For Immediate Release                                Media Contact:  Julie L. Heckman, Executive Director
                                                                                                   American Pyrotechnics Association
                                                                                                   (301) 907-8181


American Pyrotechnics Association Predicts a Banner Year for Consumer Fireworks Sales

Bethesda, MD, June 23, 2014 –As Independence Day quickly approaches, consumers are visiting the thousands of fireworks retail sales establishments across the nation to stock up on sparklers, cones, fountains and many other varieties of consumer firework devices for their backyard celebrations.  Americans in certain states will have a greater variety of fireworks, as well as more places to purchase them due to a national trend in relaxing the consumer fireworks laws.     

According to the American Pyrotechnics Association (APA), consumer fireworks retailers have reported that sales are off to a brisk start. The APA predicts a banner year for fireworks sales as long as “Mother Nature” cooperates and provides good weather for the long Fourth of July holiday weekend.  Despite the sluggish economy, consumer fireworks revenues have climbed steadily from $600 million in 2006, to $662 million in 2013.   “If sales remain strong through July 4, and the weather cooperates, consumer fireworks revenues could exceed $675 million for the 2014 fireworks season,” says Julie L. Heckman, Executive Director of the APA.

Backyard fireworks have never been more popular or more in demand. Since 2000, there has been an on-going proliferation of state and local legislation to relax consumer fireworks laws and lift fireworks prohibitions.[1]   46 states plus the District of Columbia and Puerto Rico, allow the sale and use of some types of consumer fireworks.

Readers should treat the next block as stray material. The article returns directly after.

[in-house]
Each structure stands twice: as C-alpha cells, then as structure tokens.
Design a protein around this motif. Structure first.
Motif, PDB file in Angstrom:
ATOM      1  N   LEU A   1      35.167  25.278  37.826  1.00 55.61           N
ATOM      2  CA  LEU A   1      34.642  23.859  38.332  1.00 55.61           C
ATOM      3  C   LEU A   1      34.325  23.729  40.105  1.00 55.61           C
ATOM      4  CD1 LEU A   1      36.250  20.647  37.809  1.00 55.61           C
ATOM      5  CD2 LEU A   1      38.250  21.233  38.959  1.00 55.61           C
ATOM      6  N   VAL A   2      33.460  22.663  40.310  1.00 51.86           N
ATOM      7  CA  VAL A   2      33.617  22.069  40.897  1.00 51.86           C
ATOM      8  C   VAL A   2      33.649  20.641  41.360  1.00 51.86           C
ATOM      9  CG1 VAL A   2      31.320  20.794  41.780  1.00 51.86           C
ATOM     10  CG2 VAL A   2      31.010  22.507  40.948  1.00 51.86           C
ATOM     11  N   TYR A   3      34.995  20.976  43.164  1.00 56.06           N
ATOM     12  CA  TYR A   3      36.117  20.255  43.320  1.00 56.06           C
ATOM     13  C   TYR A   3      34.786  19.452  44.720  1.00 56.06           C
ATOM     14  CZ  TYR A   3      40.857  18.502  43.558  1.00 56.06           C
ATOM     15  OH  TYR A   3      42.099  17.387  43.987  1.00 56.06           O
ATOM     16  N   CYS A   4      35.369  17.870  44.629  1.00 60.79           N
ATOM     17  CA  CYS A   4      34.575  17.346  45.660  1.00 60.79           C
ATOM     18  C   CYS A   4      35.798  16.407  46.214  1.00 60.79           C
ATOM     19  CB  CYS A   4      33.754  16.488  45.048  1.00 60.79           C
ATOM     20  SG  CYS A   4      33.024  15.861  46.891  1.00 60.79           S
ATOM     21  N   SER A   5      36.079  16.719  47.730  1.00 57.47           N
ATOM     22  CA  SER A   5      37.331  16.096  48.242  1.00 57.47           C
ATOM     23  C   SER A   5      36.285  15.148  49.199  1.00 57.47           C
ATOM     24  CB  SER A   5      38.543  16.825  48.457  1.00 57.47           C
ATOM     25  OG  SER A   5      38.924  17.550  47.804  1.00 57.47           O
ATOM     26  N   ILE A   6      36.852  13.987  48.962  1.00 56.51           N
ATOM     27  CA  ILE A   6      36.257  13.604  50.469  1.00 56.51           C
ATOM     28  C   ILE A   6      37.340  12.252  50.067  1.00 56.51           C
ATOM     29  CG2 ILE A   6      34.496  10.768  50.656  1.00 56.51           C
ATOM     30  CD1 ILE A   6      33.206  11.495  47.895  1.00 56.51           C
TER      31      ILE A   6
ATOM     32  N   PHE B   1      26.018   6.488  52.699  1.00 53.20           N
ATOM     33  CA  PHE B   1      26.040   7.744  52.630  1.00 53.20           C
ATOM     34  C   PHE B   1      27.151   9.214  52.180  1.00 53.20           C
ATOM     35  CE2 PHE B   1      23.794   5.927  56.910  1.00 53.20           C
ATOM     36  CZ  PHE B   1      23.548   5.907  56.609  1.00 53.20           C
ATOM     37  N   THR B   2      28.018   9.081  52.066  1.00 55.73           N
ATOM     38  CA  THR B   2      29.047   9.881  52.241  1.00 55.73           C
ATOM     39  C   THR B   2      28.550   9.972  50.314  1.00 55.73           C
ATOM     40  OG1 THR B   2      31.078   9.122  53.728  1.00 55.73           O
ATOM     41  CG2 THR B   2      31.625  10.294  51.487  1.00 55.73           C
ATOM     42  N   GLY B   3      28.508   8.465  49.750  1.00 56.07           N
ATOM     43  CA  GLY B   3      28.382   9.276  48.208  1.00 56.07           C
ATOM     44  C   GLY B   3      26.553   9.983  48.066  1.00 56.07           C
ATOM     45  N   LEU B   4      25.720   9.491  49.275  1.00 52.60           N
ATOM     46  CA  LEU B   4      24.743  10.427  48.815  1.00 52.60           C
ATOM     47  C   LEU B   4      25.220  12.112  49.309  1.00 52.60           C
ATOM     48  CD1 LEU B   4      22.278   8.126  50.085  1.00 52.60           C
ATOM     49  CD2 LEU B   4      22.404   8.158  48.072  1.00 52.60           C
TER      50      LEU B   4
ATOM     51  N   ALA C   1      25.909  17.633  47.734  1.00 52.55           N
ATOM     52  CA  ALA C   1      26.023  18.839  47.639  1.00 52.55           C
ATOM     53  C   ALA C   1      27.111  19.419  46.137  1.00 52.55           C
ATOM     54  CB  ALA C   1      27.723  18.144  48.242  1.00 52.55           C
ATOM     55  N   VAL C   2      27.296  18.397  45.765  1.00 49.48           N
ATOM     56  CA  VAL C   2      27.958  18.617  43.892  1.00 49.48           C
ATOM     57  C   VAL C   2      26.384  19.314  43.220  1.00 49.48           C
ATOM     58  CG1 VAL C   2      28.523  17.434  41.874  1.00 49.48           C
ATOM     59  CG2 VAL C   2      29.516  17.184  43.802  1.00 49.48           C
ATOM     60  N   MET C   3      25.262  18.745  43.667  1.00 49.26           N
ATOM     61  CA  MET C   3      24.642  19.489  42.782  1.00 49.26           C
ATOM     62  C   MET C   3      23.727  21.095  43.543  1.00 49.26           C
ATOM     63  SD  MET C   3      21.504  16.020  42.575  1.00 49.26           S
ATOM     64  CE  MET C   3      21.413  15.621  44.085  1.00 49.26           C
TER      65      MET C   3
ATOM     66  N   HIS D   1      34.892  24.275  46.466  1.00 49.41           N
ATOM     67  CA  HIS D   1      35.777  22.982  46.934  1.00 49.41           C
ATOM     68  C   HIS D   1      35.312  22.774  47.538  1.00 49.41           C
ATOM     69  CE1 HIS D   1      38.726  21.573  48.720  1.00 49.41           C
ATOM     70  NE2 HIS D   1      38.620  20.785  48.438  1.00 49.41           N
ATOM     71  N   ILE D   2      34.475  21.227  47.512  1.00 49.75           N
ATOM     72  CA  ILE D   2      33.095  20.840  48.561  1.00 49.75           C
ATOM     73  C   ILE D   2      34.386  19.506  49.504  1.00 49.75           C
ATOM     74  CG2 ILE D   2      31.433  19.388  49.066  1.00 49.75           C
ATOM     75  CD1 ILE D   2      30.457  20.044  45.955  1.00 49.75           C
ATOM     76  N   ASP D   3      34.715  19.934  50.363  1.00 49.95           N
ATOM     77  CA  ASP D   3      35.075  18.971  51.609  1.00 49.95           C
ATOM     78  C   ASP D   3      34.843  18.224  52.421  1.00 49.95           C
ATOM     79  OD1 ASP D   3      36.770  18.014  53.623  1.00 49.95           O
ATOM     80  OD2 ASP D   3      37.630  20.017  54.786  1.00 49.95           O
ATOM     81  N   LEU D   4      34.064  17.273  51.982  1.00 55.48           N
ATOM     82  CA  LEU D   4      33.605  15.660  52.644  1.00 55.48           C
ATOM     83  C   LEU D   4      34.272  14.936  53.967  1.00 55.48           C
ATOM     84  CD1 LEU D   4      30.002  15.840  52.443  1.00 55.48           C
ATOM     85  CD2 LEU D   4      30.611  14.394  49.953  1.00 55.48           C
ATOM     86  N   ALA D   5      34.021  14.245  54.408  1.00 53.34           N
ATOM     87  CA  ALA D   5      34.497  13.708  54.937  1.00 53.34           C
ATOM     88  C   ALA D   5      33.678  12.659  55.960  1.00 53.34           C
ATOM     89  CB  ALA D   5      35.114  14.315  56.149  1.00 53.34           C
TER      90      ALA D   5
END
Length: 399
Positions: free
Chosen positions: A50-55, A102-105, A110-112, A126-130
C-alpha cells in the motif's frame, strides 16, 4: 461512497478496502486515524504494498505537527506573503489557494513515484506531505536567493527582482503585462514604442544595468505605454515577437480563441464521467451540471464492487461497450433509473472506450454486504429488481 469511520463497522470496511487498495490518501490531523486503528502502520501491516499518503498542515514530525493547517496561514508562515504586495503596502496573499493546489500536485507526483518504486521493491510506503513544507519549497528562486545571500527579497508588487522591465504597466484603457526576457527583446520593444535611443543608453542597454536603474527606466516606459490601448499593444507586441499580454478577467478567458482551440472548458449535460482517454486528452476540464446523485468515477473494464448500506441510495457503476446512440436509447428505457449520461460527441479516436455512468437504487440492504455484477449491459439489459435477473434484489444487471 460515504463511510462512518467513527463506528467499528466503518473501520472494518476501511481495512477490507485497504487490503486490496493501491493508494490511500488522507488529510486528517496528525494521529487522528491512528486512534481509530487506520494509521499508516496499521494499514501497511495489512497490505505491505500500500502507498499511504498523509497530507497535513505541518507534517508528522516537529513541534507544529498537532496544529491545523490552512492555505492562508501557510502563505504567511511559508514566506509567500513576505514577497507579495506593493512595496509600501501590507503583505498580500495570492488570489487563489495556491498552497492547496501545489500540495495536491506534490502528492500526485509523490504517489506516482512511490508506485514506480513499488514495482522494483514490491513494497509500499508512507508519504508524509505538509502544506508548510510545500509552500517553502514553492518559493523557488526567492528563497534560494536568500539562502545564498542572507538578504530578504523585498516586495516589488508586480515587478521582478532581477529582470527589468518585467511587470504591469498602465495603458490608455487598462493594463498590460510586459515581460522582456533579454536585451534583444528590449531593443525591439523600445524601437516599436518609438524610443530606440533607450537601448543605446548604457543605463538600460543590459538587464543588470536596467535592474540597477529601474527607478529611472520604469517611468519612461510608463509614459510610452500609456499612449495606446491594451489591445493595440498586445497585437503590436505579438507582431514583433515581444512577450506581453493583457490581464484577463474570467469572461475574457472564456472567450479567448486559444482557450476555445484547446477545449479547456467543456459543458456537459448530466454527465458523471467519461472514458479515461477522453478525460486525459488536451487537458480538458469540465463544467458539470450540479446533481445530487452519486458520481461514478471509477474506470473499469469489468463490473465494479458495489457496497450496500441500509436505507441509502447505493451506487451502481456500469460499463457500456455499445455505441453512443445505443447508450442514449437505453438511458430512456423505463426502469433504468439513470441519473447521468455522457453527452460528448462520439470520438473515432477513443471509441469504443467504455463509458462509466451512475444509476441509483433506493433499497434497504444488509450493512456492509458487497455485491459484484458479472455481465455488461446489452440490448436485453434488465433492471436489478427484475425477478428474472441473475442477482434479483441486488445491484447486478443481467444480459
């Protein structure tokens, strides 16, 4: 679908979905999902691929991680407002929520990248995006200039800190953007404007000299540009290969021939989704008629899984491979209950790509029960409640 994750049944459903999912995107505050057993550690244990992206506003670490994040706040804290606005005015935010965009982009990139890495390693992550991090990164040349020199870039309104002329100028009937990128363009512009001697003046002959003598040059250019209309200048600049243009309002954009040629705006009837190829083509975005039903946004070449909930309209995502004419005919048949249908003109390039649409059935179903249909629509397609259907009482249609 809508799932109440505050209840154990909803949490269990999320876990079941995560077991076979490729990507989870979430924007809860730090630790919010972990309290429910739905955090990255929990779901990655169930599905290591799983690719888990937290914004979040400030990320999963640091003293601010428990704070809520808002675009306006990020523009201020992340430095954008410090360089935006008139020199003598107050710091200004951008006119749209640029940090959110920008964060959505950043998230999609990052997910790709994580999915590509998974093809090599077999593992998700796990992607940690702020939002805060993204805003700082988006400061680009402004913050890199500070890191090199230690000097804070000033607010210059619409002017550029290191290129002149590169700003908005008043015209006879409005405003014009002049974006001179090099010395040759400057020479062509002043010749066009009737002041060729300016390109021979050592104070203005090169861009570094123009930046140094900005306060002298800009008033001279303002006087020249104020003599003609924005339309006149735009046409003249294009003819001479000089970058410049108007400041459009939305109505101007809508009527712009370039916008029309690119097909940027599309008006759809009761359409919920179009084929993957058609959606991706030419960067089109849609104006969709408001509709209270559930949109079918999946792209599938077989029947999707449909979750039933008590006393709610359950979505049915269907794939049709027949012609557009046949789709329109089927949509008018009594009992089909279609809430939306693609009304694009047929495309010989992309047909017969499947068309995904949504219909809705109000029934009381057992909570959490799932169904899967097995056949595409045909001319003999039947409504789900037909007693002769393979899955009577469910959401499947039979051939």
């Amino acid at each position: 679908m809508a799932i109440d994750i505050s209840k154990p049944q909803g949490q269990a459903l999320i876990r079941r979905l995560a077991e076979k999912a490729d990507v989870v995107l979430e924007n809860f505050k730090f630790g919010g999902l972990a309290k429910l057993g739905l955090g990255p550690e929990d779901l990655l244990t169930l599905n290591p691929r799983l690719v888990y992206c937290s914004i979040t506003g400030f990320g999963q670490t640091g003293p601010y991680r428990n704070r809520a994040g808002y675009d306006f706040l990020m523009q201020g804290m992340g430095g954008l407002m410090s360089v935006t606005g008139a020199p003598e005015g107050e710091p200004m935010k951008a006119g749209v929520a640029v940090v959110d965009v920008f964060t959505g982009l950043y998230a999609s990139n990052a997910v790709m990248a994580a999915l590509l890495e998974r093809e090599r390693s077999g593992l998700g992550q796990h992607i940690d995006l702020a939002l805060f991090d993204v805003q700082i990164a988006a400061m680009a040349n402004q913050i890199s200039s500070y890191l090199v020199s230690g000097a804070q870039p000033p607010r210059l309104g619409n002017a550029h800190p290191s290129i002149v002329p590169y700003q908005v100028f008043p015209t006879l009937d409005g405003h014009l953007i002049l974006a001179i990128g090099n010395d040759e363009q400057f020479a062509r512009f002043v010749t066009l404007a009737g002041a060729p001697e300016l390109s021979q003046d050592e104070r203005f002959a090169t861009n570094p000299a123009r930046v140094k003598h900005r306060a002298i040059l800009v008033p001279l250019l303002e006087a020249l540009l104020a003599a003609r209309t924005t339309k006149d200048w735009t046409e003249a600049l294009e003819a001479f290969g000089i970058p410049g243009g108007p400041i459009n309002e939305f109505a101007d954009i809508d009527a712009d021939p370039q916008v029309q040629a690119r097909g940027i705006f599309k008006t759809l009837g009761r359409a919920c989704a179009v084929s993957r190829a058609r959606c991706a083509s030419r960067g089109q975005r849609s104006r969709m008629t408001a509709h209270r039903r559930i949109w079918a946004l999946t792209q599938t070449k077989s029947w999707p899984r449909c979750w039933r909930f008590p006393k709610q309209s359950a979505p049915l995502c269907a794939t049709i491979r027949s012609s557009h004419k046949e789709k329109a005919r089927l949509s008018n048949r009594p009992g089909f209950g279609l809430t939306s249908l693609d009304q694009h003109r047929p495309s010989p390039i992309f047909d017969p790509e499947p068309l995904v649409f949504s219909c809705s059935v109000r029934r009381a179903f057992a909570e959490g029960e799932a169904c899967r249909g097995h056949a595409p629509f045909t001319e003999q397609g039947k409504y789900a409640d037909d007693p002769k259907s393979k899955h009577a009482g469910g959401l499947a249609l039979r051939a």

“With the liberalization of consumer fireworks laws and record-breaking growth in backyard fireworks usage, the number of fireworks-related injuries and fires has dramatically declined,” says Heckman.   The fireworks-related injury rate is 43% lower than it was in 2000, when the trend in relaxing consumer fireworks laws was first initiated.[2]  Additionally, data released by the U.S. Fire Administration’s National Fire Incident Reporting System (NFIRS), indicates that since 2000, fireworks-related fires have declined by more than 50% and are among the lowest level in three decades.   “I cannot think of one other consumer product on the market today that has experienced such record-breaking growth in consumption, yet achieved such a sharp decline in both injuries and fires,” added Heckman. 

Heckman, urges, “While the number of fireworks-related injuries and fires have declined significantly, this is not the time for consumers to be lax about safety.  Consumers should always keep safety top-of-mind by following common sense safety tips when using backyard fireworks as well as obeying all local fireworks laws. [3]

About the American Pyrotechnics Association

The APA is the leading trade association of the fireworks industry.  The APA supports and promotes safety standards for all aspects of fireworks.  The APA has a diverse membership including regulated and licensed manufacturers, importers, distributors, wholesalers, retailers, and professional display companies.   Additional information about the fireworks industry, facts & figures, history of fireworks, state laws and safety tips, can be found on APA’s website at


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[1] Legislative activity since 2000: the following states lifted consumer fireworks restrictions and permitted hand-held & ground based sparkling devices: Connecticut (2000), Maryland (2001), Minnesota (2002), Vermont – sparklers & novelties only (2002), Georgia (2005), Arizona and Rhode Island (2010).  More recently, consumer fireworks prohibitions were lifted in the following states:  Kentucky permitted full-line consumer fireworks (2011); followed by Utah relaxing its law to include multiple tube cakes & repeaters (2011); New Hampshire now permits reloadable devices (2012); and Michigan authorized full-line consumer fireworks (2012).